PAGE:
By Disha Kameldeep
Here are a few more Indian art forms that have been ornamental to our culture but are biting the dust now
Art is a puissant medium that has carried forward the legacy and traditions and made its culture and heritage more diverse. But despite various attempts by its patrons, some of these traditional Indian art forms are fading away. Here are a few more art forms that have been ornamental to our culture but are biting the dust now.
The chamba rumal art form belongs to the region of Himachal Pradesh and is created using the dohara tanka technique. The technique uses double silk satin stitches to create colorful miniatures that are distinctly visible even from a distance of 10 ft. The chamba rumal is symmetrically embroidered on both sides and lost its royal patronage after Indian Independence. It was registered in March 2010 but the art form is still fading away.
The semi classical vocal music finds its roots in the folk songs recited by the camel riders of Punjab. It is based on an intricate composition of voice notes and its novel beauty has been lost over time as it passed down generations. The new-fangled generations are less willing and inadequately skilled to carry on the vocal tradition.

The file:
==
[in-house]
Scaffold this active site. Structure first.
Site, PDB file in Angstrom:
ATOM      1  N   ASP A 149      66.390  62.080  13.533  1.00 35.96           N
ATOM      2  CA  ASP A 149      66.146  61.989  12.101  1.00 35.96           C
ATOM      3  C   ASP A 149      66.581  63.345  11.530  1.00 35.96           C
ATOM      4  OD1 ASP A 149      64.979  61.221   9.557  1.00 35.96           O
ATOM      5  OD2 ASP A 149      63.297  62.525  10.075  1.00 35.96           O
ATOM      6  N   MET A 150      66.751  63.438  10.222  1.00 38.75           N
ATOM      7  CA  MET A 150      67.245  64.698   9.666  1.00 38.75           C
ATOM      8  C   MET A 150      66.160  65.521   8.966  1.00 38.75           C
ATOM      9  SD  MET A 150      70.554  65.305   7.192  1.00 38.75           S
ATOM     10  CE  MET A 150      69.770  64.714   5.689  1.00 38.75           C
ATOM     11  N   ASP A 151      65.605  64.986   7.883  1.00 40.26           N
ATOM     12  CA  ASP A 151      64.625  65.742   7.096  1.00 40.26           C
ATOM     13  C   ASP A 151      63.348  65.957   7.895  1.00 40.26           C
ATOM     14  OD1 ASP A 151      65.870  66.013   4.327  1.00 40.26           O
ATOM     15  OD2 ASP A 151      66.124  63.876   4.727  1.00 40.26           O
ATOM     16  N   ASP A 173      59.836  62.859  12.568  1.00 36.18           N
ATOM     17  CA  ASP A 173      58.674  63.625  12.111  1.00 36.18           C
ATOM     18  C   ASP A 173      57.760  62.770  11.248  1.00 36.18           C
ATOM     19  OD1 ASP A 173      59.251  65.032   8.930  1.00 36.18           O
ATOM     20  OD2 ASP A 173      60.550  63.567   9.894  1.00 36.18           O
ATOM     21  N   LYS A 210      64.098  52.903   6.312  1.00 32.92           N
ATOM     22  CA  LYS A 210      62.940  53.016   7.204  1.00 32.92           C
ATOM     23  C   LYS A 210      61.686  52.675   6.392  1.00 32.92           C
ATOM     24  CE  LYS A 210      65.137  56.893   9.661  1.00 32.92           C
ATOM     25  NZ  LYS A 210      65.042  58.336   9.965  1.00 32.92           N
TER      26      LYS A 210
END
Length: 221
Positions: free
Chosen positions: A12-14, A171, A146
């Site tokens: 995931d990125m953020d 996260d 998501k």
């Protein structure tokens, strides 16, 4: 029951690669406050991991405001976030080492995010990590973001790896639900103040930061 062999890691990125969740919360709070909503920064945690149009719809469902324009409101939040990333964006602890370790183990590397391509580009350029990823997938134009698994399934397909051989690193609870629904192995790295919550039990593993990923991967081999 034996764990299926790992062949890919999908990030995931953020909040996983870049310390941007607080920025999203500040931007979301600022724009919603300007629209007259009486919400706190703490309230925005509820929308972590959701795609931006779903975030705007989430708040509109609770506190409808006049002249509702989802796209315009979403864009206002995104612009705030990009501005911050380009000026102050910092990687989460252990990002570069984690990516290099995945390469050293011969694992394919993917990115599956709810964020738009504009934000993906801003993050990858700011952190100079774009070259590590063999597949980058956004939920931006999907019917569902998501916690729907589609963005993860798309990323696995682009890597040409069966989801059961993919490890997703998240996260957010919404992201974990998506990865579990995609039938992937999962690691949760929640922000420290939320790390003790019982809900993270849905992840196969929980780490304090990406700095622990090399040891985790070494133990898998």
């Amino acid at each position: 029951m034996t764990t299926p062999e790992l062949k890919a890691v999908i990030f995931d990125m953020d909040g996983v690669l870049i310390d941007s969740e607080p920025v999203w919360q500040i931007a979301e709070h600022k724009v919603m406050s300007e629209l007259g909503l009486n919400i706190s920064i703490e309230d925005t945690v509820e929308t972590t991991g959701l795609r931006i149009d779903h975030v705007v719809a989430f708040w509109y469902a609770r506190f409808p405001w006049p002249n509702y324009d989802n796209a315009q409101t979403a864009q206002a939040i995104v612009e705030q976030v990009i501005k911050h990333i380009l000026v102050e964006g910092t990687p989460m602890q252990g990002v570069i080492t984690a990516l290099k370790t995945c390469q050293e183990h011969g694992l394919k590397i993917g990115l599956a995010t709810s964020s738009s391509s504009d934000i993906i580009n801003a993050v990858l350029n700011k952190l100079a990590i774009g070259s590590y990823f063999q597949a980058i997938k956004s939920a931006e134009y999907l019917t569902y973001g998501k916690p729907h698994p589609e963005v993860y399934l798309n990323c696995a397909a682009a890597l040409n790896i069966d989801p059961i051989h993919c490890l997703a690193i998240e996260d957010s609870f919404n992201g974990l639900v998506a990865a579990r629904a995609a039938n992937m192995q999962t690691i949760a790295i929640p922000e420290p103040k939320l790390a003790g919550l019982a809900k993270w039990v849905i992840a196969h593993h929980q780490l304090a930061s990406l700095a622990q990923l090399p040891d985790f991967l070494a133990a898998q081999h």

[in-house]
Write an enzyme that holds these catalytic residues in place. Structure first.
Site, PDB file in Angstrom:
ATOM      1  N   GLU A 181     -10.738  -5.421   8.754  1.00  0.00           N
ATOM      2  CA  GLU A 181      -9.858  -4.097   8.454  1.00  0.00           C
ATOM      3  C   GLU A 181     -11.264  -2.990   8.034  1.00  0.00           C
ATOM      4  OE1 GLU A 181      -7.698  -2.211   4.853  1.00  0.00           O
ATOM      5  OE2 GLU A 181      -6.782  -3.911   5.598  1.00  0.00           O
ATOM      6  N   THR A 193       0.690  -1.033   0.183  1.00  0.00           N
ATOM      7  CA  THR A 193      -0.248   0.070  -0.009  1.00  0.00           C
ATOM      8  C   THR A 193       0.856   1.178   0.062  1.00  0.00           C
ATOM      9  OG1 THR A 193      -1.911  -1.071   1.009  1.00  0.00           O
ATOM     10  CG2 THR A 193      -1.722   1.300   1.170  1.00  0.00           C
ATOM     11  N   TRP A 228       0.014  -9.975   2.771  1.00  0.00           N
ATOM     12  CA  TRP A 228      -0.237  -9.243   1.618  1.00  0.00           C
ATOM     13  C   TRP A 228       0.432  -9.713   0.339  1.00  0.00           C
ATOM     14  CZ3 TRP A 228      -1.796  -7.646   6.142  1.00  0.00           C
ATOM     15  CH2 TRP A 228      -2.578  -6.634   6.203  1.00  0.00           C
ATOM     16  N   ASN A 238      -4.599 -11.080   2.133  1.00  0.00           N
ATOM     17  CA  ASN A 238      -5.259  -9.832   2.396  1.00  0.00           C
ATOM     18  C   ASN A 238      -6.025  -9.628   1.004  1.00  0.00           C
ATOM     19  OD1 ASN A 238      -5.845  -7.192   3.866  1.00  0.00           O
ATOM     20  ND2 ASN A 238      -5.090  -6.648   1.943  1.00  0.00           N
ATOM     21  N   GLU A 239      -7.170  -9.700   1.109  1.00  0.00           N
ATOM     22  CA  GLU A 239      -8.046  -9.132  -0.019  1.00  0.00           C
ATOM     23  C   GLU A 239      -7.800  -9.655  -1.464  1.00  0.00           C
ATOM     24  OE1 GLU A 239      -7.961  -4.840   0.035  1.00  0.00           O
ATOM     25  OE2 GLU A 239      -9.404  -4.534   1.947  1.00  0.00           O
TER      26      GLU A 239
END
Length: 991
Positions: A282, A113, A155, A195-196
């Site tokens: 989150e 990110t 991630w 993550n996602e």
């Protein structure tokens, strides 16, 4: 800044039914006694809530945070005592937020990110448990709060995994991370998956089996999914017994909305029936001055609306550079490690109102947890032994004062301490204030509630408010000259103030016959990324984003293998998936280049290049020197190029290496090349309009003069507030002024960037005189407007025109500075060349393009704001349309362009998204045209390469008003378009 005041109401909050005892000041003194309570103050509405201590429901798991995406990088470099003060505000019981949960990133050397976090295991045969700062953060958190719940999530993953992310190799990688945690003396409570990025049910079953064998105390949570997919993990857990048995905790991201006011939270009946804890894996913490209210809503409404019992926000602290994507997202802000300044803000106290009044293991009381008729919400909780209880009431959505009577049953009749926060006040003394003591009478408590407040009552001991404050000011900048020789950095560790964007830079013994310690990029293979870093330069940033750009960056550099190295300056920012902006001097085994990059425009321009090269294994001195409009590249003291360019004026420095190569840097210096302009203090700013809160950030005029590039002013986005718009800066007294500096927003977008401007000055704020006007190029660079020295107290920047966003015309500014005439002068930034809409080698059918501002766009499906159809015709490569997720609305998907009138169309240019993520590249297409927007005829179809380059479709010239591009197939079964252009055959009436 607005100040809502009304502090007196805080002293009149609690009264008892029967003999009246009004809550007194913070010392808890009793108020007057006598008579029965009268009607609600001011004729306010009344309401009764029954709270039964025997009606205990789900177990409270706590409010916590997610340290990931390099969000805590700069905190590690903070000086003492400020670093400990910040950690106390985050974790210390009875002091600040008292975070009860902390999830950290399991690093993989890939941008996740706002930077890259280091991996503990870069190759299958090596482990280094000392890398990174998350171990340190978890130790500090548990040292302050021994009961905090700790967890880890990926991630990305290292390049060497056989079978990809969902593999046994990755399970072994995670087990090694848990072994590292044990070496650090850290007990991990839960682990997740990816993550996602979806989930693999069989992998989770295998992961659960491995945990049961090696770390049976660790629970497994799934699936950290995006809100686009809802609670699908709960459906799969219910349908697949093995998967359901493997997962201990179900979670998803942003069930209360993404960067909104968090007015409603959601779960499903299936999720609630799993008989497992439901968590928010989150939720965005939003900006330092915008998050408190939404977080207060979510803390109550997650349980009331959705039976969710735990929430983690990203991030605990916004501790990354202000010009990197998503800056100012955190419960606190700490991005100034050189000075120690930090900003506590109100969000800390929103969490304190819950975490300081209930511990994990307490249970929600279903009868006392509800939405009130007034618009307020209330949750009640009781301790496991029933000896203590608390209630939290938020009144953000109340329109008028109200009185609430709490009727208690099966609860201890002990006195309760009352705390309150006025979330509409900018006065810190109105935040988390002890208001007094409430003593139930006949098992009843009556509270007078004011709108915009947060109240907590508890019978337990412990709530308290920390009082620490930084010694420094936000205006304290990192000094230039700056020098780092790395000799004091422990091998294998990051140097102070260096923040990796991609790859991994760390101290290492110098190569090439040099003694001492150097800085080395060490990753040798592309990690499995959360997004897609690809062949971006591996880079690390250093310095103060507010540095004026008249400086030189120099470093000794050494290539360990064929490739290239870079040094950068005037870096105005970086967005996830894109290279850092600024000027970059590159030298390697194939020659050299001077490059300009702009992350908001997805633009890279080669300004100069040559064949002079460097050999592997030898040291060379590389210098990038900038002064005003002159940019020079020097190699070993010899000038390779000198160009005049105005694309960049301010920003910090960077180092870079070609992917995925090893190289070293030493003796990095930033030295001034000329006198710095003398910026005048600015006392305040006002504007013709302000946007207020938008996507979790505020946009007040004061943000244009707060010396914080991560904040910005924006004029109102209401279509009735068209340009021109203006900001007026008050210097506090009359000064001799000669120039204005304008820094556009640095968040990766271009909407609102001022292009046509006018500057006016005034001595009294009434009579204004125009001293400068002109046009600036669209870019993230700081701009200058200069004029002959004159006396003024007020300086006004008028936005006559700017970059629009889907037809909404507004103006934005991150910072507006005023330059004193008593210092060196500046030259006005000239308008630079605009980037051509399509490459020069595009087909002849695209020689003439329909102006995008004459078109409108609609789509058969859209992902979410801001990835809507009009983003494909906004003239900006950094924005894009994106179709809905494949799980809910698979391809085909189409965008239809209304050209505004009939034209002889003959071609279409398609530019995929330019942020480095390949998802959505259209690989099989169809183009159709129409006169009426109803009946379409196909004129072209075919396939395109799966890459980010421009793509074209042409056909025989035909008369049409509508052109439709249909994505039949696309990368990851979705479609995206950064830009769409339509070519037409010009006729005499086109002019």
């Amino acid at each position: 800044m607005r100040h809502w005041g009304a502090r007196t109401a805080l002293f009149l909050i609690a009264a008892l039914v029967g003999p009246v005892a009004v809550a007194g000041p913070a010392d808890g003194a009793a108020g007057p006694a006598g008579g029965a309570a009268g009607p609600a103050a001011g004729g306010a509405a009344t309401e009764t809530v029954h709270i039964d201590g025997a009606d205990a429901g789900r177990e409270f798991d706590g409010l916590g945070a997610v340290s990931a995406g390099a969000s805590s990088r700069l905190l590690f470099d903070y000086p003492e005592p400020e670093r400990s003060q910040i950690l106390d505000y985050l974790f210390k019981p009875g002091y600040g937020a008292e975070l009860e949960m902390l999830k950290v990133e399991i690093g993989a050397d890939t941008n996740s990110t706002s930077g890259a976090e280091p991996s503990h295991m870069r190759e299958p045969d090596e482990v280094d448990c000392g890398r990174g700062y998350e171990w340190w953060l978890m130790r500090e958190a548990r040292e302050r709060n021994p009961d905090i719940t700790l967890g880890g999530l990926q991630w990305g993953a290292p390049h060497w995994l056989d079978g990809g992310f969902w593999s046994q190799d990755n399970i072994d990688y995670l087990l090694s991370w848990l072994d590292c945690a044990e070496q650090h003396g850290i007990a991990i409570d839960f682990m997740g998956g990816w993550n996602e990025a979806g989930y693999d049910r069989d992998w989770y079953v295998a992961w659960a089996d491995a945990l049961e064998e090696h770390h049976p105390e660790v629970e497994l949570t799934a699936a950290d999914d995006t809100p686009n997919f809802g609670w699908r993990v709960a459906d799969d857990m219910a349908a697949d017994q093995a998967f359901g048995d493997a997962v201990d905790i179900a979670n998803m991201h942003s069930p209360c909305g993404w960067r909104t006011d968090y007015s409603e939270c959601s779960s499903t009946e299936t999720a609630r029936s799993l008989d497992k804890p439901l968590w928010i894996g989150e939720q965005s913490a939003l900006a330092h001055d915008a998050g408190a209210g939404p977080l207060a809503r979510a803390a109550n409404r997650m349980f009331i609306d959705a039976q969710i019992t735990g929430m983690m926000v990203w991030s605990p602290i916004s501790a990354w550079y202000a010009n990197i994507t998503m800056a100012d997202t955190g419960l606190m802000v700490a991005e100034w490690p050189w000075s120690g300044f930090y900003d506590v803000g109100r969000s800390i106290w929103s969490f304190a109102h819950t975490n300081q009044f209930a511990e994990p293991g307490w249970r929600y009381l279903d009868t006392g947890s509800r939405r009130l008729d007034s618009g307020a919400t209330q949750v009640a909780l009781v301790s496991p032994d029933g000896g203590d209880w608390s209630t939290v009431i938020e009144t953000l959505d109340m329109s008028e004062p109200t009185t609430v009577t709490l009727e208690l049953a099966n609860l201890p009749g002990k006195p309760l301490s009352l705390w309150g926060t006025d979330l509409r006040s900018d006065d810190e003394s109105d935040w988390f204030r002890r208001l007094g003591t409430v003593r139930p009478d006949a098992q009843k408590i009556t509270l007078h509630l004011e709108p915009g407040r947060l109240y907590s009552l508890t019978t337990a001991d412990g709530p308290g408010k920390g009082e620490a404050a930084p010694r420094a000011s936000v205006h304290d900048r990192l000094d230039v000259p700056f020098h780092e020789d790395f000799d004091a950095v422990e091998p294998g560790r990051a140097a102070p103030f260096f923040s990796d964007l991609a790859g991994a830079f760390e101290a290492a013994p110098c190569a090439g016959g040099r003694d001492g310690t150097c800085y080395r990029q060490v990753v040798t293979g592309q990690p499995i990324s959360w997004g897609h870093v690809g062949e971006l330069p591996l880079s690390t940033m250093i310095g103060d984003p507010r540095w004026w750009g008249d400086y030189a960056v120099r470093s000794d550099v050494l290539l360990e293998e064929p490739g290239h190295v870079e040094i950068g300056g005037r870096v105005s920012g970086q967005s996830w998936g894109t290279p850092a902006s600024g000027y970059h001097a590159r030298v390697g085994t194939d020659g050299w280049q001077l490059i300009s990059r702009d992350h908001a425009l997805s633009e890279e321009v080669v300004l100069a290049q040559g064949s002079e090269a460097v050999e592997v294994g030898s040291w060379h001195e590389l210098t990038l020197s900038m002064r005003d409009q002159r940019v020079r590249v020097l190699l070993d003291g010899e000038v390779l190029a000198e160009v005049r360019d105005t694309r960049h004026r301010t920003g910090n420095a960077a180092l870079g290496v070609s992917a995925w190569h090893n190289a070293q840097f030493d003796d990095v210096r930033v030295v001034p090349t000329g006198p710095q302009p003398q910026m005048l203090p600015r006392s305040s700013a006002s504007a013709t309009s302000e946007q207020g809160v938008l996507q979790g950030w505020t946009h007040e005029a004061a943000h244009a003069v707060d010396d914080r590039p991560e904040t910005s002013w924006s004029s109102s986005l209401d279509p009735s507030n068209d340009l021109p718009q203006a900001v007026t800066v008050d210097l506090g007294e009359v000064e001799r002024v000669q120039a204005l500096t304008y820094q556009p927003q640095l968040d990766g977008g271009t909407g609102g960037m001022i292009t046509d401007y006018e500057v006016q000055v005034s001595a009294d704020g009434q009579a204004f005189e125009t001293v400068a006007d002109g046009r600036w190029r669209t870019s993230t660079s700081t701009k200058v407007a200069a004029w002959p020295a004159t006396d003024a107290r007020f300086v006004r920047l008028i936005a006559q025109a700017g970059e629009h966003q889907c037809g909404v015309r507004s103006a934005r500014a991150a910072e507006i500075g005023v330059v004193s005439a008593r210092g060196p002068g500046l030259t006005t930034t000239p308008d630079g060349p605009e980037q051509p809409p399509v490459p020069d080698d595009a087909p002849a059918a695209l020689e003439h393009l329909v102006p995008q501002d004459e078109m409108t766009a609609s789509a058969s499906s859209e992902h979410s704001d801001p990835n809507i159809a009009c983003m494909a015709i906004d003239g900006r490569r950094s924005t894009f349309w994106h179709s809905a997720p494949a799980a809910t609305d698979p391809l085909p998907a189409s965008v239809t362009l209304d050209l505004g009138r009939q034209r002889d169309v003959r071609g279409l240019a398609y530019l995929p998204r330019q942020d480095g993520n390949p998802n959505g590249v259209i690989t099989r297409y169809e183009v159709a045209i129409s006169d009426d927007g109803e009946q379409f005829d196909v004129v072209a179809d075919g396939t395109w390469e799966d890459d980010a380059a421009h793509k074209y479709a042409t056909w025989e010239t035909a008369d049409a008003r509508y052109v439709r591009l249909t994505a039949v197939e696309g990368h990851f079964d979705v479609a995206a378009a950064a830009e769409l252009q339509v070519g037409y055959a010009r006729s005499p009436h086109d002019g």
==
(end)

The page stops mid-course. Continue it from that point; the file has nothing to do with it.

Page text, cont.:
Temple Dances of Kerala
There was a time when the performing artists of Kerala earned their living and respect in the temples of Kerala. The fading dance art forms include Kummaty, Kavadi and Krishnaattam. Mayuranrityam is a dance performed on stilts whereas Padayani and Poothamkali is where dancers wear fearful looking masks. Mudiattam is a dance wherein there is violent movement of the head and beating of the chest. Besides these unique dance forms Kodiyattam, which is a complicated enactment by a single actor of Sanskrit drama, also forms part of the Kerala art forms. Due to the dwindling dance art forms, these artists are now forced to work petty jobs to earn a livelihood.
Tortoise Shell Craft
Shell craft is an art form practiced in Daman and Diu and Andhra Pradesh. The natives of Daman and Diu particularly use tortoise shells to create varied items including decorative items and utilities. The original art form is fading away as ivory carving and other shells are being used in place of tortoise shells. The cultural art form of Daman and Diu is also fading due to dwindling numbers of tortoises in the polluted waters.
The Kathputli or Puppetry art form is native to Rajasthan. The string based puppet theatrics was used to showcase the tribal traditions and cultures and to spread awareness of socio-cultural issues like cleanliness and women empowerment. The art form, once prevalent all over the nation, is diminishing and its artists becoming unpopular.
Featured Image: Unitus Seed Fund